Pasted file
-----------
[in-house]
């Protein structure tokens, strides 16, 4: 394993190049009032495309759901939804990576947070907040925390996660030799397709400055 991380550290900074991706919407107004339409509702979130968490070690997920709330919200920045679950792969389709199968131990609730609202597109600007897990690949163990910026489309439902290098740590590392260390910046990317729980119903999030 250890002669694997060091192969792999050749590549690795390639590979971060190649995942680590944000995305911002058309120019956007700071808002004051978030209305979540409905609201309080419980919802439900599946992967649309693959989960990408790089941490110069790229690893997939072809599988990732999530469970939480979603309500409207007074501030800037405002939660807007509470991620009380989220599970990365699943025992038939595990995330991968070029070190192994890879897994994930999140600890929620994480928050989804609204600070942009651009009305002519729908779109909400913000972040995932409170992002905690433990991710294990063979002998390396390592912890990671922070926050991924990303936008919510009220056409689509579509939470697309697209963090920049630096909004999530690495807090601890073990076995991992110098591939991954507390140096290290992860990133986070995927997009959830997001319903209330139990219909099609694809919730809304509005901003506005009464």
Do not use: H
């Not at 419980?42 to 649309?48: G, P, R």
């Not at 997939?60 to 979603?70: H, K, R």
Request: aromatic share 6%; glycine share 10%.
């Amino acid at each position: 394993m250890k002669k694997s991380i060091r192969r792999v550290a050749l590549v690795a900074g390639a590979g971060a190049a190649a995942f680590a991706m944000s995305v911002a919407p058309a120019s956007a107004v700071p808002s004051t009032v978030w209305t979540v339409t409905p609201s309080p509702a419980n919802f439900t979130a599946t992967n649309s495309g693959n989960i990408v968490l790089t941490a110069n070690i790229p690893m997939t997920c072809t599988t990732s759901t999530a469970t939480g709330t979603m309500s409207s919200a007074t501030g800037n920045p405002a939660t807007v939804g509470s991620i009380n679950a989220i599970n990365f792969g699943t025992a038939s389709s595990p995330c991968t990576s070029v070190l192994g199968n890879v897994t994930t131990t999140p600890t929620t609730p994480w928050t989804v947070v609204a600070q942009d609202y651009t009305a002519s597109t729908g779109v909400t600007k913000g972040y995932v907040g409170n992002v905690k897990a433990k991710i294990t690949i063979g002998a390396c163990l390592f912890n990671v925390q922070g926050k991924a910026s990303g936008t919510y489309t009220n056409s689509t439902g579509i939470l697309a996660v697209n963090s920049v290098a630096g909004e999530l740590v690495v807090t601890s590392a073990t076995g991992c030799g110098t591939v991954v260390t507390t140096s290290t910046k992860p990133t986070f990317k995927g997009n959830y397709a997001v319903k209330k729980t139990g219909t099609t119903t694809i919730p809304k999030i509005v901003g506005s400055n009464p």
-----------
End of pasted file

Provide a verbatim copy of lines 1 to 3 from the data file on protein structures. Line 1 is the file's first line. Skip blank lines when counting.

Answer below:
[in-house]
């Protein structure tokens, strides 16, 4: 394993190049009032495309759901939804990576947070907040925390996660030799397709400055 991380550290900074991706919407107004339409509702979130968490070690997920709330919200920045679950792969389709199968131990609730609202597109600007897990690949163990910026489309439902290098740590590392260390910046990317729980119903999030 250890002669694997060091192969792999050749590549690795390639590979971060190649995942680590944000995305911002058309120019956007700071808002004051978030209305979540409905609201309080419980919802439900599946992967649309693959989960990408790089941490110069790229690893997939072809599988990732999530469970939480979603309500409207007074501030800037405002939660807007509470991620009380989220599970990365699943025992038939595990995330991968070029070190192994890879897994994930999140600890929620994480928050989804609204600070942009651009009305002519729908779109909400913000972040995932409170992002905690433990991710294990063979002998390396390592912890990671922070926050991924990303936008919510009220056409689509579509939470697309697209963090920049630096909004999530690495807090601890073990076995991992110098591939991954507390140096290290992860990133986070995927997009959830997001319903209330139990219909099609694809919730809304509005901003506005009464």
Do not use: H